It’s going well, isn’t it? You’ve got the guitar; it’s tuned well enough to sound good; your fingers still hurt but nowhere near as much as they did; Tab is easy enough, and Standard Notation? Well even those little black dots are not as horrible as they first pretended to be, are they?
Yes, it’s going really well.
Until, that is, Aunt Lisa and Uncle Darren turn up unannounced.
“Oh, your mum said you’d got a guitar. Give us a tune, then” says your favourite Aunt.
Blind panic sets in, but you mumble something about being just a beginner and launch into the best performance of The Grand Old Duke Of York and Good King Wenslesslosslass, Good Kind Wencl, Good King Woos, Silent Night that you can muster.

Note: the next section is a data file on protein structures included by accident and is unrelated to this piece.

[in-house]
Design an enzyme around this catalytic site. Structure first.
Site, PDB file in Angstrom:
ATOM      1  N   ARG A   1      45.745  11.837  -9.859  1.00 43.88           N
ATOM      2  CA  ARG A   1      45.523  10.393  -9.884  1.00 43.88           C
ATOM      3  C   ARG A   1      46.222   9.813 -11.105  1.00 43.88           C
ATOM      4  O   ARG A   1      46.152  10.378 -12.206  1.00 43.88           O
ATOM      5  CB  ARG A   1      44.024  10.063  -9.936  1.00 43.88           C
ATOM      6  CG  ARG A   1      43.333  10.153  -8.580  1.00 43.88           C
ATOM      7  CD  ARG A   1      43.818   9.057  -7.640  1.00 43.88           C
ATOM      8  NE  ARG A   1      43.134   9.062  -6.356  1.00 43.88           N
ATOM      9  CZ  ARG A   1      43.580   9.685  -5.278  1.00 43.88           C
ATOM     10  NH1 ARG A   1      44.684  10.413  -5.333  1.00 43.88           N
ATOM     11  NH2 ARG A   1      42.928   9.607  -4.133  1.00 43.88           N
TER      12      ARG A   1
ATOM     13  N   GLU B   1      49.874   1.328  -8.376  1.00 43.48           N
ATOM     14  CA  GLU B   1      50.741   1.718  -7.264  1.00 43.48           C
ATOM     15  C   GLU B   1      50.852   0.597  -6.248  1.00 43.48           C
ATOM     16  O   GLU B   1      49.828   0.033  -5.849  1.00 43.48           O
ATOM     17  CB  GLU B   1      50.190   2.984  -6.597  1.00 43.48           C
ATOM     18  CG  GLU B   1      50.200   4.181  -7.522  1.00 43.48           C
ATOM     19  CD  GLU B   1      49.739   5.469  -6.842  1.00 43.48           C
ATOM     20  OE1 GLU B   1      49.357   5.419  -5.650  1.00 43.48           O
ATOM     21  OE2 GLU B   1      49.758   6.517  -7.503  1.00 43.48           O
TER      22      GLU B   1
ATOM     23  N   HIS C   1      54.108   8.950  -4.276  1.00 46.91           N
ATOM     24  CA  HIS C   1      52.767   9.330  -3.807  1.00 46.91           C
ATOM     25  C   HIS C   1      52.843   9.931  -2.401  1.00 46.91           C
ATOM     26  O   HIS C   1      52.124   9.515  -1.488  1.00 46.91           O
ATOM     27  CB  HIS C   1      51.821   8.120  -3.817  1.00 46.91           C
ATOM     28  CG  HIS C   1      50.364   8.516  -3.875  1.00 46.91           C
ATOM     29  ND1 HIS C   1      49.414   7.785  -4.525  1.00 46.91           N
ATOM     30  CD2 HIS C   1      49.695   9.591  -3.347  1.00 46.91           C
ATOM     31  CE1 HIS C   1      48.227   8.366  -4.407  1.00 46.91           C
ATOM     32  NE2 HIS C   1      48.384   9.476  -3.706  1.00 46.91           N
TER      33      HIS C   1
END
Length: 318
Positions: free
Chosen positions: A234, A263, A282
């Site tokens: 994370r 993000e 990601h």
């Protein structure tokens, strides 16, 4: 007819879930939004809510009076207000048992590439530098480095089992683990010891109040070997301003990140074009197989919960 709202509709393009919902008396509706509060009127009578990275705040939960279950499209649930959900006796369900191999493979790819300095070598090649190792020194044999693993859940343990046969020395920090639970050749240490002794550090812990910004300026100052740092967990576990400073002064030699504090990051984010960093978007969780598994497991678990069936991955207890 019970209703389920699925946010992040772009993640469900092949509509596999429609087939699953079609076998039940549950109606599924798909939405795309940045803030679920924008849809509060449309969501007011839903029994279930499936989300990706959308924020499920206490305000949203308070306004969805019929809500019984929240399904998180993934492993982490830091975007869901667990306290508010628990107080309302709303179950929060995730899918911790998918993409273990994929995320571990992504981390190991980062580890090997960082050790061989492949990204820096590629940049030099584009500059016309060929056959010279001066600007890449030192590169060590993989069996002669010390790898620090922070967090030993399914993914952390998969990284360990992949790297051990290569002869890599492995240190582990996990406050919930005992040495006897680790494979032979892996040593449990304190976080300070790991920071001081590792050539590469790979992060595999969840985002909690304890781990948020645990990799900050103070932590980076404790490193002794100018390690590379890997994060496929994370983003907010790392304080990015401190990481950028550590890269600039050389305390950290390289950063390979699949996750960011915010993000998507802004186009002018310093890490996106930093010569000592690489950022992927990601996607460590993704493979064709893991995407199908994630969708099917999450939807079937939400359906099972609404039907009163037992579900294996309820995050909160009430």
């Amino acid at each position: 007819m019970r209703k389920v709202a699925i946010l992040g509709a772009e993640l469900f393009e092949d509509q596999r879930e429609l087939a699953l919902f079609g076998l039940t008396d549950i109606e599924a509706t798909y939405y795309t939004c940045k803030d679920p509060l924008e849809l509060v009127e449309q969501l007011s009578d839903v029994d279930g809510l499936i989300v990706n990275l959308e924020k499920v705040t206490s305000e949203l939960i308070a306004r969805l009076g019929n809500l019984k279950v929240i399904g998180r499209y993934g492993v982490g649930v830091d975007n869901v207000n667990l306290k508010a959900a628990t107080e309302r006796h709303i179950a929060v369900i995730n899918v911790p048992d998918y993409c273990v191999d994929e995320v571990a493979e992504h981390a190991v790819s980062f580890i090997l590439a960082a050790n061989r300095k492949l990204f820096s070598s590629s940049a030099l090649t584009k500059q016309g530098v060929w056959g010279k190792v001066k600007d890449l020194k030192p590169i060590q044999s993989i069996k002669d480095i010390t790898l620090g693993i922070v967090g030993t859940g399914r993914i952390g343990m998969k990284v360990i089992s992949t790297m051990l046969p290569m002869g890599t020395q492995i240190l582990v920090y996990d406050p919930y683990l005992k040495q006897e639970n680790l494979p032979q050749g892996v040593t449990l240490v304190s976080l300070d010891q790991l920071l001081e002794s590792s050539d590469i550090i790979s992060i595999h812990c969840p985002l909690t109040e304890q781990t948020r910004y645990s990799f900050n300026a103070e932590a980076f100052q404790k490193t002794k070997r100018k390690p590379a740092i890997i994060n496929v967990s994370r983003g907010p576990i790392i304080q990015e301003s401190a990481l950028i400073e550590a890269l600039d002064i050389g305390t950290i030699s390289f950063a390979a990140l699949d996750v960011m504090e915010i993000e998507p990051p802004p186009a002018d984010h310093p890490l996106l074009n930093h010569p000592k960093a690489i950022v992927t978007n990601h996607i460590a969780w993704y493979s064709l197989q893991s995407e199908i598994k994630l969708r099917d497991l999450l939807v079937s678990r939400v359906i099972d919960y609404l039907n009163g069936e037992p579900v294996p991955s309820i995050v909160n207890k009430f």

“Lovely” says Auntie.
Uncle Darren is completely underwhelmed, but talks to you about your instrument and even has a go – he tried to learn when he was young, he says, but “couldn’t get on with it”
So, you’ve just given one of your first performances to someone who doesn’t live in the same house as you do, and you’re writhing with embarrassment. You wish you could have played something that would have really knocked them dead. Let’s see what we can do about that, shall we?
Copyright Notice: The attached files form an original composition by the author; and may be downloaded, printed and distributed freely.
At this stage, some of you will be thinking “Uh-oh. Original Composition? Hey, we’ve seen this guy on the Forum Pages – he’s a Classical Player. What have we just let ourselves in for?” Don’t worry, this isn’t a Classical Study, and I promise I’ll be gentle.
OK, put down your plectrum. I’d like to introduce you to your fingers.
On your fretting hand:
- The Index finger is 1,
- The Middle finger is 2,
- The Ring finger is 3
- The pinky is 4.